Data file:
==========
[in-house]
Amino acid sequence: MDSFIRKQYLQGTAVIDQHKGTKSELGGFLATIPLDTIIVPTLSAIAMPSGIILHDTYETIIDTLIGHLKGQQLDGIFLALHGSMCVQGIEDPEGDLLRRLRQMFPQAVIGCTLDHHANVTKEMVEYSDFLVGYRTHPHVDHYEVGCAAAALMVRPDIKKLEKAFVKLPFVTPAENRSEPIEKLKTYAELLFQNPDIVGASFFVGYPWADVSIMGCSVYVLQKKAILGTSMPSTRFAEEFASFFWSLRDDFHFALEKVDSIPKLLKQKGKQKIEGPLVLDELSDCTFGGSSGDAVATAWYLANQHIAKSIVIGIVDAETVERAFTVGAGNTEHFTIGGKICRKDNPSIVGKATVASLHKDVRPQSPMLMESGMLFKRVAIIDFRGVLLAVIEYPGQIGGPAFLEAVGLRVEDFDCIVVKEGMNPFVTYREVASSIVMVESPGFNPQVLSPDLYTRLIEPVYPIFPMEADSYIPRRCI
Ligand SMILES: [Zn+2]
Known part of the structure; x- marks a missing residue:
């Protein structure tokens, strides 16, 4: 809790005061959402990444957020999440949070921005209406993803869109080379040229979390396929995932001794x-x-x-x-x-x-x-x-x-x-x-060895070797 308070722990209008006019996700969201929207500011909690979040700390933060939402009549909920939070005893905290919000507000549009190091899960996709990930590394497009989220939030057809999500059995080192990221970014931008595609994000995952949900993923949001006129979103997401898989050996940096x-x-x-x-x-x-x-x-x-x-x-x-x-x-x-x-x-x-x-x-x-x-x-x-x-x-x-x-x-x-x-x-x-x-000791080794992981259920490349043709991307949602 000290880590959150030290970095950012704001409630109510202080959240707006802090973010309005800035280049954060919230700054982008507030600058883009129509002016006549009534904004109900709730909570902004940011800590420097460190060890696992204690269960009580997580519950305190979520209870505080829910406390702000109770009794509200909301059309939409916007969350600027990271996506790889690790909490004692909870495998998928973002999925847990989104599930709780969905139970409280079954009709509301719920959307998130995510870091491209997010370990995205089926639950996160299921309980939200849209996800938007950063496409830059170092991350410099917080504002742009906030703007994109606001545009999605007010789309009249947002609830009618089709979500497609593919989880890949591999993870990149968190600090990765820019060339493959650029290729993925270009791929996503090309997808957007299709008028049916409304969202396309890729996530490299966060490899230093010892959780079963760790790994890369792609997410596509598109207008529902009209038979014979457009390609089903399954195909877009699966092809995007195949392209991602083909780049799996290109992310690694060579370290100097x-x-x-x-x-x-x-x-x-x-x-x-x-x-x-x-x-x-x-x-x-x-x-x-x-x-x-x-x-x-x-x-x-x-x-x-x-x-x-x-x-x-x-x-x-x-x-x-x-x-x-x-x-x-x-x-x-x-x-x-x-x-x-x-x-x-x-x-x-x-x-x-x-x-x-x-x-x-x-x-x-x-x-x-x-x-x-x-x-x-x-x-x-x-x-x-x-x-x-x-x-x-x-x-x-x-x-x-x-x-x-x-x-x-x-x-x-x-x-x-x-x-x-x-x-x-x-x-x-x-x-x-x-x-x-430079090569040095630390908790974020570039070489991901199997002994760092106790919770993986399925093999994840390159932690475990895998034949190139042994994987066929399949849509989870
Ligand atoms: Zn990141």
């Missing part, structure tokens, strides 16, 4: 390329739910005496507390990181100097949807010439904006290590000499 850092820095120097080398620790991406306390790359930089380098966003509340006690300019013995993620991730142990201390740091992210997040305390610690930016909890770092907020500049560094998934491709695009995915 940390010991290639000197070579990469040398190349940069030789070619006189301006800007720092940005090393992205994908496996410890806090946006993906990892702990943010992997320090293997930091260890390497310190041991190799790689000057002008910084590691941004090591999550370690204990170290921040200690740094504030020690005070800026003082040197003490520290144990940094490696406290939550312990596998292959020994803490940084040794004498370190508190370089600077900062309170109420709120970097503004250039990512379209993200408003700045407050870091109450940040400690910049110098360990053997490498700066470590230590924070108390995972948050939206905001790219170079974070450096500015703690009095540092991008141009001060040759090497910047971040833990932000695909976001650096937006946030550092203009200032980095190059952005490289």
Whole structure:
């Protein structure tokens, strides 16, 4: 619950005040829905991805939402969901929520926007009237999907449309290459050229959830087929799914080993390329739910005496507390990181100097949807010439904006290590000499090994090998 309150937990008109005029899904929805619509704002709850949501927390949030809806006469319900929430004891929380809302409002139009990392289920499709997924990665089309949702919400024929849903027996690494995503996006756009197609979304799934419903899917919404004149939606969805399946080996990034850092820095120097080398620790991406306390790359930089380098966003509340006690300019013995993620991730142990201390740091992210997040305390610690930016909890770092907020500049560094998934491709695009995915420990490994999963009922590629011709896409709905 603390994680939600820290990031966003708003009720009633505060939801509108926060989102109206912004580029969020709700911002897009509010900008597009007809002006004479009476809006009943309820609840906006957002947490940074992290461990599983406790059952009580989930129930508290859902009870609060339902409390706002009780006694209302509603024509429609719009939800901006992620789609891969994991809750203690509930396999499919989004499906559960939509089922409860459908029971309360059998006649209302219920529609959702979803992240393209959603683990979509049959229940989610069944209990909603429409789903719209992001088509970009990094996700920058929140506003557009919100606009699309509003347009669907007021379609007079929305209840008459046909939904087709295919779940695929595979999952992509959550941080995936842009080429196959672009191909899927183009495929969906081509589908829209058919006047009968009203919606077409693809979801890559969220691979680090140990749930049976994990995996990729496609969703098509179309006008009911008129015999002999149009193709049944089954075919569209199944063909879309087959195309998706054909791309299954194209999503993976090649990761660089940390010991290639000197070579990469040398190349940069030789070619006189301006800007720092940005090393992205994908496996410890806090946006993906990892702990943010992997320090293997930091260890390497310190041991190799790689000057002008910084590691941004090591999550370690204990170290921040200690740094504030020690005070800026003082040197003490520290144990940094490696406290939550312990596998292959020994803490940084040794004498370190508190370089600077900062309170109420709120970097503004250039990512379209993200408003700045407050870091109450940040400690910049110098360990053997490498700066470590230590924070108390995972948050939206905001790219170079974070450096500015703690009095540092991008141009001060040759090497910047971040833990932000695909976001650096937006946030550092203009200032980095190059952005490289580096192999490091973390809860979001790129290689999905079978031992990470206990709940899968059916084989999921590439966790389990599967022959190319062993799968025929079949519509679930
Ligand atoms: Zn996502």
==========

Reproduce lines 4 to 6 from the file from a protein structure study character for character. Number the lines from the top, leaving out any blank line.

Known part of the structure; x- marks a missing residue:
């Protein structure tokens, strides 16, 4: 809790005061959402990444957020999440949070921005209406993803869109080379040229979390396929995932001794x-x-x-x-x-x-x-x-x-x-x-060895070797 308070722990209008006019996700969201929207500011909690979040700390933060939402009549909920939070005893905290919000507000549009190091899960996709990930590394497009989220939030057809999500059995080192990221970014931008595609994000995952949900993923949001006129979103997401898989050996940096x-x-x-x-x-x-x-x-x-x-x-x-x-x-x-x-x-x-x-x-x-x-x-x-x-x-x-x-x-x-x-x-x-x-000791080794992981259920490349043709991307949602 000290880590959150030290970095950012704001409630109510202080959240707006802090973010309005800035280049954060919230700054982008507030600058883009129509002016006549009534904004109900709730909570902004940011800590420097460190060890696992204690269960009580997580519950305190979520209870505080829910406390702000109770009794509200909301059309939409916007969350600027990271996506790889690790909490004692909870495998998928973002999925847990989104599930709780969905139970409280079954009709509301719920959307998130995510870091491209997010370990995205089926639950996160299921309980939200849209996800938007950063496409830059170092991350410099917080504002742009906030703007994109606001545009999605007010789309009249947002609830009618089709979500497609593919989880890949591999993870990149968190600090990765820019060339493959650029290729993925270009791929996503090309997808957007299709008028049916409304969202396309890729996530490299966060490899230093010892959780079963760790790994890369792609997410596509598109207008529902009209038979014979457009390609089903399954195909877009699966092809995007195949392209991602083909780049799996290109992310690694060579370290100097x-x-x-x-x-x-x-x-x-x-x-x-x-x-x-x-x-x-x-x-x-x-x-x-x-x-x-x-x-x-x-x-x-x-x-x-x-x-x-x-x-x-x-x-x-x-x-x-x-x-x-x-x-x-x-x-x-x-x-x-x-x-x-x-x-x-x-x-x-x-x-x-x-x-x-x-x-x-x-x-x-x-x-x-x-x-x-x-x-x-x-x-x-x-x-x-x-x-x-x-x-x-x-x-x-x-x-x-x-x-x-x-x-x-x-x-x-x-x-x-x-x-x-x-x-x-x-x-x-x-x-x-x-x-x-430079090569040095630390908790974020570039070489991901199997002994760092106790919770993986399925093999994840390159932690475990895998034949190139042994994987066929399949849509989870
Ligand atoms: Zn990141």